By Michael Feinstein. Inside/Outside. October 27, 2015

The public’s right to know is something we take very seriously in Santa Monica.

That’s why in July 2001, the City Council approved an ordinance to require financial disclosure for all local referenda campaigns during the actual signature gathering period, rather than waiting for the quarterly reporting deadlines provided in the state elections code.

The problem the Council sought to solve, is that because a referendum signature-gathering period lasts only 30 days, the period could come and go before any quarterly campaign filings need be made. Thus, while the signature-gathering is actually happening, and people are making up their minds whether to sign, the public might have no idea who is financing referenda signature gathering efforts, nor who is being paid to conduct them.

The Council thought this was information that residents should have, so it established Santa Monica Municipal Code section 11.04.165: “to ensure that any person interested in the finances of any committee that is raising or spending funds to support or oppose an initiative, recall or referendum, such committees shall file their financial disclosure documents on dates that are within the time period in which signatures are gathered.”

For referenda, the Municipal Code 11.04.165(c) establishes “a thirty-day signature gathering period, campaign disclosure statements shall be filed on the tenth day of the period covering days one through five, on the twenty-fifth day of the period covering days six through twenty, and by the sixtieth day after the end of the period covering days twenty-one through thirty.”

The ordinance was passed in time to apply to that year’s referendum campaign against the City’s 2001 Living Wage Ordinance. There have been no referenda since, until the successful February/March 2014 referendum signature campaign conducted against the Bergamot Transit Village/Hines project at 26th/Olympic.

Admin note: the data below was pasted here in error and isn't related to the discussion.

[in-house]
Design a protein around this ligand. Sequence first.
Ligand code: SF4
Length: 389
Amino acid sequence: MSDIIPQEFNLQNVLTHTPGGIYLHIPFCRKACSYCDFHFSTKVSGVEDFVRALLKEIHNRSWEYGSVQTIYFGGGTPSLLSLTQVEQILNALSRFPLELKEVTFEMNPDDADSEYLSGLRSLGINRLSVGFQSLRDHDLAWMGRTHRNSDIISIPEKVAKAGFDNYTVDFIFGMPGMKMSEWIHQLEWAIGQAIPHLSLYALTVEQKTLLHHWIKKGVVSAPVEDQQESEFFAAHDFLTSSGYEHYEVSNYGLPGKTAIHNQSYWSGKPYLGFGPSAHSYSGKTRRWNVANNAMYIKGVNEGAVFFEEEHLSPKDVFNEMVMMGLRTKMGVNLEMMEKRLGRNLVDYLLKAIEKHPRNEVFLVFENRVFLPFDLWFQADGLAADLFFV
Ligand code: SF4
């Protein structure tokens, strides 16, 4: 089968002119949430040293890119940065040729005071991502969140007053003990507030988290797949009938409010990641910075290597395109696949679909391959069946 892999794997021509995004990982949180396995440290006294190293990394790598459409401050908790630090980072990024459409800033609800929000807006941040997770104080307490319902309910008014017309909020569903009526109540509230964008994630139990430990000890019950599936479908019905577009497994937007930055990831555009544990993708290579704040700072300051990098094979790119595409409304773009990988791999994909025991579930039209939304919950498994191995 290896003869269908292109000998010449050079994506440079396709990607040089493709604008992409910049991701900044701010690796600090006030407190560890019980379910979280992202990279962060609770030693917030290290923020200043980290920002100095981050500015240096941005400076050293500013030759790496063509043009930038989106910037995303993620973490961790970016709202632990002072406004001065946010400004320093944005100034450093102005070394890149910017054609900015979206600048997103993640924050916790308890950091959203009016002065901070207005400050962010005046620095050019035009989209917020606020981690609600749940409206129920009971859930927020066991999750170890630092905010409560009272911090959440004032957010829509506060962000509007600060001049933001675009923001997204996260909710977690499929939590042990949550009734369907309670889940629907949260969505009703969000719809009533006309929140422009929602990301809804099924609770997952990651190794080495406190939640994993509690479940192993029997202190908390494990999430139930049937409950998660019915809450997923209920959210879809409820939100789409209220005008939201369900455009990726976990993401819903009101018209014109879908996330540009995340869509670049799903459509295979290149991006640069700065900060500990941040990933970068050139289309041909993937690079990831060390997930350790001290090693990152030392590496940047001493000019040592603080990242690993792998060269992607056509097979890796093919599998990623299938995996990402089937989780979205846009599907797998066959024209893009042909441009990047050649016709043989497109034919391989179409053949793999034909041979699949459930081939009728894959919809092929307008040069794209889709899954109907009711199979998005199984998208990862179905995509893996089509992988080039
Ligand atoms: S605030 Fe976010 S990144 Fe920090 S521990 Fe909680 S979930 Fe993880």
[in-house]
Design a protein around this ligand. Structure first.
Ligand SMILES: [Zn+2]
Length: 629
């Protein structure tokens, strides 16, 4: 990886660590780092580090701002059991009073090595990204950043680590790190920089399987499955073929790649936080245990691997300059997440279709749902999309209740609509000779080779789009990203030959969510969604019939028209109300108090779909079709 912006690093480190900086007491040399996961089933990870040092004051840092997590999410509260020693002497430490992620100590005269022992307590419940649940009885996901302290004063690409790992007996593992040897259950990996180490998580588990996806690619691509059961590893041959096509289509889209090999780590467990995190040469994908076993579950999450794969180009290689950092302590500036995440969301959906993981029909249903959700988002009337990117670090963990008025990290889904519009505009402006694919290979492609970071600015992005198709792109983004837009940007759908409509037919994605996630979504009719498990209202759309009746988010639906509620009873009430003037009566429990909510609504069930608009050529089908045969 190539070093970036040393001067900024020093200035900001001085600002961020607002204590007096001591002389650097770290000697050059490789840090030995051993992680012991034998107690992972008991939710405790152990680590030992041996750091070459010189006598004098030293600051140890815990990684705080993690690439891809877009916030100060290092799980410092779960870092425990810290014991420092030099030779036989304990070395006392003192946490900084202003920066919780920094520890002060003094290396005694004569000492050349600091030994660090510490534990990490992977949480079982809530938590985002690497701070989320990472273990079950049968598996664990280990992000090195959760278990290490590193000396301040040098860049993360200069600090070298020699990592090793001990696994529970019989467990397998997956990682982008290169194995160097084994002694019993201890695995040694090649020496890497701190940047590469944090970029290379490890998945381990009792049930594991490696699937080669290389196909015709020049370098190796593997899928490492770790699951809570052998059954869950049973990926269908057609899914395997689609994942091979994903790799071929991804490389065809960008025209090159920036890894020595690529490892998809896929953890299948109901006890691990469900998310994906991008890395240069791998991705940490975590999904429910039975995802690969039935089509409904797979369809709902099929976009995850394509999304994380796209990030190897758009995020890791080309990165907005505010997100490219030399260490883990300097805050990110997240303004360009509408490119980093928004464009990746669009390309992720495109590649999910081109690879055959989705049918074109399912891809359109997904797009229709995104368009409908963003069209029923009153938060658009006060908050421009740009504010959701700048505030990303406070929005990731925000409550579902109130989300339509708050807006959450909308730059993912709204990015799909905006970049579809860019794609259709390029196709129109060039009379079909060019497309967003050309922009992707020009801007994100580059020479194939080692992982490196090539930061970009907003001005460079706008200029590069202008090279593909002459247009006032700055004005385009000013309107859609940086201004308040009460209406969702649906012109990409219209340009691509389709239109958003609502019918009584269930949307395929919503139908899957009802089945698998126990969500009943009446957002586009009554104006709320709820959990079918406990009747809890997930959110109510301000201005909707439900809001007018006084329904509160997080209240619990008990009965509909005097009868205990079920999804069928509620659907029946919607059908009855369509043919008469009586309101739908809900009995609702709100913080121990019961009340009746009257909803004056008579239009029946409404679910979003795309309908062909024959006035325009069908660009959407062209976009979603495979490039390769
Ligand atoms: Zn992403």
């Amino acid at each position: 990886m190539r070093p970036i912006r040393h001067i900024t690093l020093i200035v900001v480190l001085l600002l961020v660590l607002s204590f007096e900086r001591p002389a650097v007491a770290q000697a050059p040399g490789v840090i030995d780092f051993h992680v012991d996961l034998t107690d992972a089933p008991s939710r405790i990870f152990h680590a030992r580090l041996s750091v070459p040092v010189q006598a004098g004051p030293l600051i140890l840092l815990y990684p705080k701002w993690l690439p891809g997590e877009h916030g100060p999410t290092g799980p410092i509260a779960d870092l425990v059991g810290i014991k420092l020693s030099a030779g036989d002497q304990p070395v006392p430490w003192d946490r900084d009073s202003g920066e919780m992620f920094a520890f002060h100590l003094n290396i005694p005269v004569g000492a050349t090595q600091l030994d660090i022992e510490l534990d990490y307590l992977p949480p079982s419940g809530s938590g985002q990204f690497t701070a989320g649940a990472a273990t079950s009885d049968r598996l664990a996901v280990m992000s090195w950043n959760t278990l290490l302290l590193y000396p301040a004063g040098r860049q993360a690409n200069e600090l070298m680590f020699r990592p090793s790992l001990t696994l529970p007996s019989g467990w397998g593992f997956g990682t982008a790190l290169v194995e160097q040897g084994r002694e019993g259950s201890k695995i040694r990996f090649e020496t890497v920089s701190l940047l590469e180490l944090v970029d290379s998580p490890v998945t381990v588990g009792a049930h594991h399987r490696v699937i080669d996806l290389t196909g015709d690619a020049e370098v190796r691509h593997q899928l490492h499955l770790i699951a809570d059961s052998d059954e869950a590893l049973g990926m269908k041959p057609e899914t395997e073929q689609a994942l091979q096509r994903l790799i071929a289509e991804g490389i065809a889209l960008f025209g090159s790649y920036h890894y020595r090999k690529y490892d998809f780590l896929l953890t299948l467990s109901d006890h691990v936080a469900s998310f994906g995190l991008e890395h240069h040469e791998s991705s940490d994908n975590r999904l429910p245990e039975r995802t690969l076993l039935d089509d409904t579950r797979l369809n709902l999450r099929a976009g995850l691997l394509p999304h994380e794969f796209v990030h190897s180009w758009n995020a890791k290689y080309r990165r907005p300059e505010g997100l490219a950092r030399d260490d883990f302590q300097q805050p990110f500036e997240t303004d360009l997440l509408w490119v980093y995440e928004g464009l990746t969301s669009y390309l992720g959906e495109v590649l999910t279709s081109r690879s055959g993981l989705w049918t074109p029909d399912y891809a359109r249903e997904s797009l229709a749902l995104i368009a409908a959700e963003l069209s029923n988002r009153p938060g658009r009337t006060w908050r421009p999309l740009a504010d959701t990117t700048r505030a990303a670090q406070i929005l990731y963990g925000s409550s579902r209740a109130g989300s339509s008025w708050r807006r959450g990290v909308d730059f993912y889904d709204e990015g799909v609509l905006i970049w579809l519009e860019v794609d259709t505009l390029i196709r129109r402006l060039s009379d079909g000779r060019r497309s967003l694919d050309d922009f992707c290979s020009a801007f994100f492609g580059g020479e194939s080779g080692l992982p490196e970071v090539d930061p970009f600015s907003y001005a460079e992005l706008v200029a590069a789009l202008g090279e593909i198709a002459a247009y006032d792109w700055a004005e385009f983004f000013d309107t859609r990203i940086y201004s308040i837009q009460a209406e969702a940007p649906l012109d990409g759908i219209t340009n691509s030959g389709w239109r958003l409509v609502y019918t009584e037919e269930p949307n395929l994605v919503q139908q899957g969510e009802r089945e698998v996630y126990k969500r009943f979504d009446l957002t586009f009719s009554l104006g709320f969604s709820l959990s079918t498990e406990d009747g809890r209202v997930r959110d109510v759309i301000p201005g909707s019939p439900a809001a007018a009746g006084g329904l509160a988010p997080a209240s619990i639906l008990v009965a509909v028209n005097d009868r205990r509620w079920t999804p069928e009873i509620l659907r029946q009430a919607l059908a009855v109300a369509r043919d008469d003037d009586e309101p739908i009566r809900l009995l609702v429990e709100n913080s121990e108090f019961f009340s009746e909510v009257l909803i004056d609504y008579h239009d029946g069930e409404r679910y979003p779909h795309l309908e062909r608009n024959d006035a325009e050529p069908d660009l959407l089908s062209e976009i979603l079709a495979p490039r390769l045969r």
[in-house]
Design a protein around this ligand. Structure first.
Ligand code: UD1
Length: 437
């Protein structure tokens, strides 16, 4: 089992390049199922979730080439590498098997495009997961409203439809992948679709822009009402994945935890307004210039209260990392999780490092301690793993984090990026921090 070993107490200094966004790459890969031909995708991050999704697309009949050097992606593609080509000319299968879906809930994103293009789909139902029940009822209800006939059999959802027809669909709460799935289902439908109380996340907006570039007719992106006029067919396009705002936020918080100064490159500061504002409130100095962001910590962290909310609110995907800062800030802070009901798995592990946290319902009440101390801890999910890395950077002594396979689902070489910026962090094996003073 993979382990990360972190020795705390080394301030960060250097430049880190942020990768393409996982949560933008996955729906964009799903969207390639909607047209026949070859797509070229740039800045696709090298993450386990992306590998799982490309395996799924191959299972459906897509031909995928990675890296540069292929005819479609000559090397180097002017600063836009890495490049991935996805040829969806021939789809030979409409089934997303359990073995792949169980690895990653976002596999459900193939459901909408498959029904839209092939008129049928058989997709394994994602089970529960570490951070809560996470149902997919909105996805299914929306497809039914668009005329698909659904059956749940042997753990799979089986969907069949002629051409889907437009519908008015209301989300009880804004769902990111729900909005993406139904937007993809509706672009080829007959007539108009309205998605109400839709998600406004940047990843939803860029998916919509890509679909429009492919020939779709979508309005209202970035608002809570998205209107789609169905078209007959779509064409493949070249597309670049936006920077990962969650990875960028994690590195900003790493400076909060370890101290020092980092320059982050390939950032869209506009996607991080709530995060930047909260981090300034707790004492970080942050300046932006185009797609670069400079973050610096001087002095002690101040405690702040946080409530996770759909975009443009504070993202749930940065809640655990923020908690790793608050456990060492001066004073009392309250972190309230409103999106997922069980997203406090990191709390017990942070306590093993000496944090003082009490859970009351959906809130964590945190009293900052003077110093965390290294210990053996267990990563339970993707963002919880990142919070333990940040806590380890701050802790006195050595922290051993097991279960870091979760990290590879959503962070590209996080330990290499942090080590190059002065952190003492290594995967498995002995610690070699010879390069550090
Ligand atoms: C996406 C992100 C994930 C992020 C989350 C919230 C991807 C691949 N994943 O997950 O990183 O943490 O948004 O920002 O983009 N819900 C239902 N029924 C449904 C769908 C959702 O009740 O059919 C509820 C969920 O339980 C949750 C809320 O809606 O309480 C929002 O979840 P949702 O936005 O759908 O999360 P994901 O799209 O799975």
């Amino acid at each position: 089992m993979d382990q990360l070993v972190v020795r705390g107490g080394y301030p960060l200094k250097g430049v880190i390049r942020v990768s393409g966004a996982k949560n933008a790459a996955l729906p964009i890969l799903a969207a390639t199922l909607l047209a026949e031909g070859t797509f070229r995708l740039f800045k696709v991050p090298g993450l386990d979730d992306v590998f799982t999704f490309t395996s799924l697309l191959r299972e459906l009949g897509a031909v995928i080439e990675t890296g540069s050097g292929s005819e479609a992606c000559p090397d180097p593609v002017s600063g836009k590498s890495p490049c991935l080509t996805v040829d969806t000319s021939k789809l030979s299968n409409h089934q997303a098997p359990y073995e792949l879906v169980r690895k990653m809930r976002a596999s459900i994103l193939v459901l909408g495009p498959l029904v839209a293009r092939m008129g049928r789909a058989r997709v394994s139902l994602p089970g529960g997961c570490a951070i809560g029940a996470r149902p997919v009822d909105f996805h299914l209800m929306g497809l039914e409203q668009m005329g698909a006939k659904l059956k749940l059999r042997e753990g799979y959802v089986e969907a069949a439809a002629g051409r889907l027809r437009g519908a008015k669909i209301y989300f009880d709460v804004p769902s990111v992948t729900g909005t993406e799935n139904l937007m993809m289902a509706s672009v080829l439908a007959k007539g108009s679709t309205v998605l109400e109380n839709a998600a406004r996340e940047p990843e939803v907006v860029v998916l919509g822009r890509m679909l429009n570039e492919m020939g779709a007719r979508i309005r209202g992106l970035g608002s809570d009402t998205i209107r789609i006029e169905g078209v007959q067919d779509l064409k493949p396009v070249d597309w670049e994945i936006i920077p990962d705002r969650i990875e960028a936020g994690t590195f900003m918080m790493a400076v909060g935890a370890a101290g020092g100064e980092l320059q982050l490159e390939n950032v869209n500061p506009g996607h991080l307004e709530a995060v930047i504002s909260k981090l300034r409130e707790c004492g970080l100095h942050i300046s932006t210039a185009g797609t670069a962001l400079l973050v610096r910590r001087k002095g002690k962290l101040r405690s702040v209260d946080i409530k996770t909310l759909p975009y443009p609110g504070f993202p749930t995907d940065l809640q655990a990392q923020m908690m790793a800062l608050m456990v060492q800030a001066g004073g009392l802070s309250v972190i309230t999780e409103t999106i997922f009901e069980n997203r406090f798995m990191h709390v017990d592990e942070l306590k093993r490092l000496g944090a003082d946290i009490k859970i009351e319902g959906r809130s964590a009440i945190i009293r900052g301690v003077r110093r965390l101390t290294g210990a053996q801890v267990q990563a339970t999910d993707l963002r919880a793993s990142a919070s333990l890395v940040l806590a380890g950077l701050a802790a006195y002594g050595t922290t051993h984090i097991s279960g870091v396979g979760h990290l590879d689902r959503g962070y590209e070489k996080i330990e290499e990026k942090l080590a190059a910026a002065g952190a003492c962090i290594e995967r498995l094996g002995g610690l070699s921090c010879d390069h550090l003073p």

A review of 2014 filings by the Hines referendum committee “Save our Town/Residocracy” suggest that the deadlines in 11.04.165 do not sufficiently ensure the public’s right to know. In 2001, the Council made a good faith effort to pick reporting deadlines that would give the public the most information, for the most time during the signature-gathering period. With experience we find there are gaps. On January 7, I submitted a #12 item Written Communication to the City Council with recommendations to address the gaps. These recommendations have been embraced by City Staff and are included in an ordinance before the Council on Tuesday. Here is the rationale and backstory:

(1) Amend 11.04.165(c) so that the “twenty-fifth day of the period covering days six through twenty” is changed to the twenty-fourth day.

When the Council established the 25th day reporting deadline in 11.04.16(c), it didn’t realize at the time that because ordinances are adopted on Tuesdays, the 25th day will always be a Saturday. This legally de facto extends the deadline to Mondays, which is the 27th day, the day upon which Save our Town/Residocracy made this report in 2014. By changing the deadline one day earlier to the 24th, this amendment effectively gives the public information three days earlier.